On the Profit and Loss Statement tab, we can see the basic statistics on supply chain performance. As we can see, Revenue is greater than Total Cost, and Service level value is almost perfect. Based on that we can roughly conclude that the supply chain works fine. So, we create a real-life shipment schedule with the shipment statistics generated by the simulation model (dates, times, amounts, etc.).

Let us observe the Shipment Schedule Table and the Shipment Table from the Shipment Schedule tab. These tables contain information about all the shipments within the simulation period. The Shipment Table contains data about the financial part of shipments, while the Shipment Schedule Table contains the actual schedule with times required for Loading, Departure, Arrival, and Unloading.

With this, we consider the first goal achieved. Now we can create a shipment plan for our company based on this schedule. However, the schedule itself is not enough. As a company, we need to be ready for disruptions and be able to adapt our plan accordingly. In the second scenario we will stress-test this schedule and develop ways to overcome possible disruptions.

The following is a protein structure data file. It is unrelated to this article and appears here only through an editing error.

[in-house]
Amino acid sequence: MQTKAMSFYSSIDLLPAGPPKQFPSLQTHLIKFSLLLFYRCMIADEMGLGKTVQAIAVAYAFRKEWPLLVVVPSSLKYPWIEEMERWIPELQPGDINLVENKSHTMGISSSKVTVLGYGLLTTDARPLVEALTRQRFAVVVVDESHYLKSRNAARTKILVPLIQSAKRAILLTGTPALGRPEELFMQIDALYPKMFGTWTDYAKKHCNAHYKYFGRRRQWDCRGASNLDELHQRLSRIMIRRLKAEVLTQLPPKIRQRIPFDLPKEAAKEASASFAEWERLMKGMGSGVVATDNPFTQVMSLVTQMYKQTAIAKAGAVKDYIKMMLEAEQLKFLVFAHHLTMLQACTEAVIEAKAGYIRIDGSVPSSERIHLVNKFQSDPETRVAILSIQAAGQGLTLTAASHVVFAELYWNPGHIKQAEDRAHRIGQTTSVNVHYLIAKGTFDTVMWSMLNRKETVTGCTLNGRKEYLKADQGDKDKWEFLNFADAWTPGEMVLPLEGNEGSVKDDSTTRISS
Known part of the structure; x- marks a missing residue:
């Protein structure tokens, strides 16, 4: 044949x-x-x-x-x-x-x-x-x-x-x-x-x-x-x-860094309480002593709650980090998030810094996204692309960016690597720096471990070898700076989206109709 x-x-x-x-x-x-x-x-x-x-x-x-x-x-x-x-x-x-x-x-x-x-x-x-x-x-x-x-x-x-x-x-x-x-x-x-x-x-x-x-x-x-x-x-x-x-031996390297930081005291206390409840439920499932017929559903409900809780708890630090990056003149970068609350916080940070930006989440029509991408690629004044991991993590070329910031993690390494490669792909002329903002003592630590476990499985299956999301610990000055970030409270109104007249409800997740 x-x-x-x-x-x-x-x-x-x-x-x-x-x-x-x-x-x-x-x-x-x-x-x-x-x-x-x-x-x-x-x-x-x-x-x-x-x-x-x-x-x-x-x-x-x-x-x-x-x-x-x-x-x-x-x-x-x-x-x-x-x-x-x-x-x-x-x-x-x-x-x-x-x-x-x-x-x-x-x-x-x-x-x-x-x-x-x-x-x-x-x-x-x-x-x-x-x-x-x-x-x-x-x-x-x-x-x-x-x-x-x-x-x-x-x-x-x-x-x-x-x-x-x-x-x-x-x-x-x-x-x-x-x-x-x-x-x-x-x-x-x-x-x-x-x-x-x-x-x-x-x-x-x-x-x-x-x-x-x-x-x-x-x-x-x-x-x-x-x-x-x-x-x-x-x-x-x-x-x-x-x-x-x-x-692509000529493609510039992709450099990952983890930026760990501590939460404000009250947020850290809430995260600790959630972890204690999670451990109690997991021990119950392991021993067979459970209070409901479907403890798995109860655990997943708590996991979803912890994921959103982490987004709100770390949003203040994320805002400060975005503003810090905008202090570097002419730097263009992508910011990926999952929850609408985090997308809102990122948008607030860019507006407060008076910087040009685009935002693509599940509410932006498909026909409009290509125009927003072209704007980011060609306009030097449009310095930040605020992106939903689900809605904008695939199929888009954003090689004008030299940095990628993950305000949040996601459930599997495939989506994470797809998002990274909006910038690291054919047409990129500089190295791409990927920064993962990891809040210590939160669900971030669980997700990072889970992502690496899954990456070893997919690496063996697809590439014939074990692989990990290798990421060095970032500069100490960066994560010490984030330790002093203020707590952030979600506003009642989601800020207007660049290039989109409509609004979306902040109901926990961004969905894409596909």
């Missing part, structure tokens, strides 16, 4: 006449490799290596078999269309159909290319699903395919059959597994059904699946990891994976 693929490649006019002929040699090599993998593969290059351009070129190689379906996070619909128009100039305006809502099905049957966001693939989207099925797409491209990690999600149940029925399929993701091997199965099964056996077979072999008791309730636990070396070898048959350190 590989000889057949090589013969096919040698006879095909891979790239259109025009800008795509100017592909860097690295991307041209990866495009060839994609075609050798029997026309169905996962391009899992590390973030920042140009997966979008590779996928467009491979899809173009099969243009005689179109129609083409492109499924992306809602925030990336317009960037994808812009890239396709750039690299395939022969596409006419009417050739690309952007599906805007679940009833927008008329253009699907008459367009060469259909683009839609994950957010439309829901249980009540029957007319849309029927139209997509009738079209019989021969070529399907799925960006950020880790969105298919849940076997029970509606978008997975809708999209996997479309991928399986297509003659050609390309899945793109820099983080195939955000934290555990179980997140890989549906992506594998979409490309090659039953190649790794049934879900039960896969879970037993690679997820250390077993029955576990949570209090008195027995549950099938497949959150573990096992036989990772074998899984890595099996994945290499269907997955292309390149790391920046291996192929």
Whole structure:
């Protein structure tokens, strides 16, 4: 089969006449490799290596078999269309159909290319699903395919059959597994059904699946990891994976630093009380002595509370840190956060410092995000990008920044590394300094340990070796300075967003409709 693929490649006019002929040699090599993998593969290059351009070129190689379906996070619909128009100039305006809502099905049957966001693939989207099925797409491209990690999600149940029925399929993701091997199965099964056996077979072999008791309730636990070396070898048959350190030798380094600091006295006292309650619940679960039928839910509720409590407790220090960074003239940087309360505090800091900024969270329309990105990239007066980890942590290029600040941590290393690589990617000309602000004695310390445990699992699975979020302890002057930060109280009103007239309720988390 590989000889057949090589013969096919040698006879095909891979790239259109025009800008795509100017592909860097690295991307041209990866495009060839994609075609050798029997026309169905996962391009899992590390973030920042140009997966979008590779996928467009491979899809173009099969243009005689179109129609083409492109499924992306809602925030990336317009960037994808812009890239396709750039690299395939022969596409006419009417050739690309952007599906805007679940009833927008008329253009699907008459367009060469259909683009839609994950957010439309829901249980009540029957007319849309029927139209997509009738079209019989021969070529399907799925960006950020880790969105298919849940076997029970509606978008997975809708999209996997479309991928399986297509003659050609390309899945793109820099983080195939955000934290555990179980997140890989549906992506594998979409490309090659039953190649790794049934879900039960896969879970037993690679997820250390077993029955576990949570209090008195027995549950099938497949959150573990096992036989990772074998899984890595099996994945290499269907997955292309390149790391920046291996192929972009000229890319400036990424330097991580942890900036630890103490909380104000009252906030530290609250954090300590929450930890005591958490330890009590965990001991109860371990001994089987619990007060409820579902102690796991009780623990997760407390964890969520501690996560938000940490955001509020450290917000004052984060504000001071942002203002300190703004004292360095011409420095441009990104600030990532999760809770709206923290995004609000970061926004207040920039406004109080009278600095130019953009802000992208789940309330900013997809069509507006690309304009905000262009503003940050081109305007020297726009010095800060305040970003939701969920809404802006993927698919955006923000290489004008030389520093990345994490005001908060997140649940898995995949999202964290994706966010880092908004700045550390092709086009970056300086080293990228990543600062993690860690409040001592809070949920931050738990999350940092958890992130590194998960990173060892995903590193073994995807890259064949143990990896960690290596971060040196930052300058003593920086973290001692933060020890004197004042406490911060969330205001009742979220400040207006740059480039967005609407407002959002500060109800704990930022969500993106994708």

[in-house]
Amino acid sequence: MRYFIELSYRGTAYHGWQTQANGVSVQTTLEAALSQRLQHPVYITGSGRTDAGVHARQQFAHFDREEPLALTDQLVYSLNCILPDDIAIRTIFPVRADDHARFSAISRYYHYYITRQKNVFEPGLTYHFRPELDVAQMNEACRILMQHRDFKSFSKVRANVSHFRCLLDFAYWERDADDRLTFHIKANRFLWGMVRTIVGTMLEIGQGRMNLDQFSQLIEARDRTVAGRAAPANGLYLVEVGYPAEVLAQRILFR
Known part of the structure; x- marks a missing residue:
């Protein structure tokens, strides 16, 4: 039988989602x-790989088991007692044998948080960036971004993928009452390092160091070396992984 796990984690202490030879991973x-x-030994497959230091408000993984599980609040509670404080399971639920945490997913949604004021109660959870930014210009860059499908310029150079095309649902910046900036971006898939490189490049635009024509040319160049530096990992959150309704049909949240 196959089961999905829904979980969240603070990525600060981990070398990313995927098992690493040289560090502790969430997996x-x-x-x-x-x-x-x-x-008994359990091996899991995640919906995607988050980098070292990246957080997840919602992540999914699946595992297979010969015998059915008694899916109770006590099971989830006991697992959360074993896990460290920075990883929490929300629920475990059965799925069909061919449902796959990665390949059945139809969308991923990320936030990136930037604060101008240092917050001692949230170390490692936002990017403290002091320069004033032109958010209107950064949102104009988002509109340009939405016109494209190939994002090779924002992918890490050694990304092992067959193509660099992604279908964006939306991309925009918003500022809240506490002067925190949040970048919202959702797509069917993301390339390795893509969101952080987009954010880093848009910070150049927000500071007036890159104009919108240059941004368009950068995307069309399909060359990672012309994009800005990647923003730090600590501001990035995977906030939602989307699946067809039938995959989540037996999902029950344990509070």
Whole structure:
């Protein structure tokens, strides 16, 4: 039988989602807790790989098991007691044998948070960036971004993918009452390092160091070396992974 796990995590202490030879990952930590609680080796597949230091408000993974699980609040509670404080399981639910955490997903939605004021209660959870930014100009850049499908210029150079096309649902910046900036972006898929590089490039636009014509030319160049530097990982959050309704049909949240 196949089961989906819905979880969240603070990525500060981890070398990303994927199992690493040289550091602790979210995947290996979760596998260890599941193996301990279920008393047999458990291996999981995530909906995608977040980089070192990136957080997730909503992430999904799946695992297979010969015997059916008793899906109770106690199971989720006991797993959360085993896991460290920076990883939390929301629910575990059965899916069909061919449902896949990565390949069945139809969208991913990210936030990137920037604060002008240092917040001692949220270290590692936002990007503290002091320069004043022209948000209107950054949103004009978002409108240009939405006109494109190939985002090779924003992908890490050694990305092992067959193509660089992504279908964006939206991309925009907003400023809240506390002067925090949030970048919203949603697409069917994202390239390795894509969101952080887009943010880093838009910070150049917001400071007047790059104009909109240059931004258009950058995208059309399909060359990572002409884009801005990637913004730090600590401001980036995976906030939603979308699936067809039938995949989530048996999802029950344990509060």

Scenario 2: verification and stress-testing

This second scenario contains the converted data from the Shipment Schedule Table from the scenario 1 results in the Push: schedule shipping policy format. This way we introduce the fixed shipment plan into the model.

The Push: schedule policy is defined separately for every Fabric Supplier. The date and time specified in the Policy Parameters are taken from Shipment Schedule Table of the first scenario's results, namely from the Date column's records that refer to the Departure lines of the Action column.

Note that the inventory policy should be set to No replenishment when using the Push: schedule shipping policy, to prevent possible conflicts.

After running the simulation experiment we can check the results. As we can see there is a slight difference in results because of the stochastic way of defining the initial data: Demand, Loading and Unloading times.